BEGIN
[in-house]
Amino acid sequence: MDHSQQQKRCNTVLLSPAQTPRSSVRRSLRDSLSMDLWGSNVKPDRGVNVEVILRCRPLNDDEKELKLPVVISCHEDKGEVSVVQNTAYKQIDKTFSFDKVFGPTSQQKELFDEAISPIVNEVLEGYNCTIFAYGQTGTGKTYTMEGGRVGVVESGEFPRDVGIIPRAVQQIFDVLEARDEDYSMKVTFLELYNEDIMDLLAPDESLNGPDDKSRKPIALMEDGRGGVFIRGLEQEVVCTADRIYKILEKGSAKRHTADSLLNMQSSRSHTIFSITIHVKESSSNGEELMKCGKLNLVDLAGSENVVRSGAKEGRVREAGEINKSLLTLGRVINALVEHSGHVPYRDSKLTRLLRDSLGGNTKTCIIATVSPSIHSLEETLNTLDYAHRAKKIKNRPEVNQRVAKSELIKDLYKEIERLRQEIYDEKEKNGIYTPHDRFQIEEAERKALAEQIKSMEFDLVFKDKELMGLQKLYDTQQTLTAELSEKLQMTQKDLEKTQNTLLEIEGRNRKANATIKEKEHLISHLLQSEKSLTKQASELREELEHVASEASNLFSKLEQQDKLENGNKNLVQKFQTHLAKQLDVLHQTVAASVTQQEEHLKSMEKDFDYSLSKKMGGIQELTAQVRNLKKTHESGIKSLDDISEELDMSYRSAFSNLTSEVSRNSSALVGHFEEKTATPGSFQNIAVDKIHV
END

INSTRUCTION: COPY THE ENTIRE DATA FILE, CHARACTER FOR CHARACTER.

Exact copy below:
[in-house]
Amino acid sequence: MDHSQQQKRCNTVLLSPAQTPRSSVRRSLRDSLSMDLWGSNVKPDRGVNVEVILRCRPLNDDEKELKLPVVISCHEDKGEVSVVQNTAYKQIDKTFSFDKVFGPTSQQKELFDEAISPIVNEVLEGYNCTIFAYGQTGTGKTYTMEGGRVGVVESGEFPRDVGIIPRAVQQIFDVLEARDEDYSMKVTFLELYNEDIMDLLAPDESLNGPDDKSRKPIALMEDGRGGVFIRGLEQEVVCTADRIYKILEKGSAKRHTADSLLNMQSSRSHTIFSITIHVKESSSNGEELMKCGKLNLVDLAGSENVVRSGAKEGRVREAGEINKSLLTLGRVINALVEHSGHVPYRDSKLTRLLRDSLGGNTKTCIIATVSPSIHSLEETLNTLDYAHRAKKIKNRPEVNQRVAKSELIKDLYKEIERLRQEIYDEKEKNGIYTPHDRFQIEEAERKALAEQIKSMEFDLVFKDKELMGLQKLYDTQQTLTAELSEKLQMTQKDLEKTQNTLLEIEGRNRKANATIKEKEHLISHLLQSEKSLTKQASELREELEHVASEASNLFSKLEQQDKLENGNKNLVQKFQTHLAKQLDVLHQTVAASVTQQEEHLKSMEKDFDYSLSKKMGGIQELTAQVRNLKKTHESGIKSLDDISEELDMSYRSAFSNLTSEVSRNSSALVGHFEEKTATPGSFQNIAVDKIHV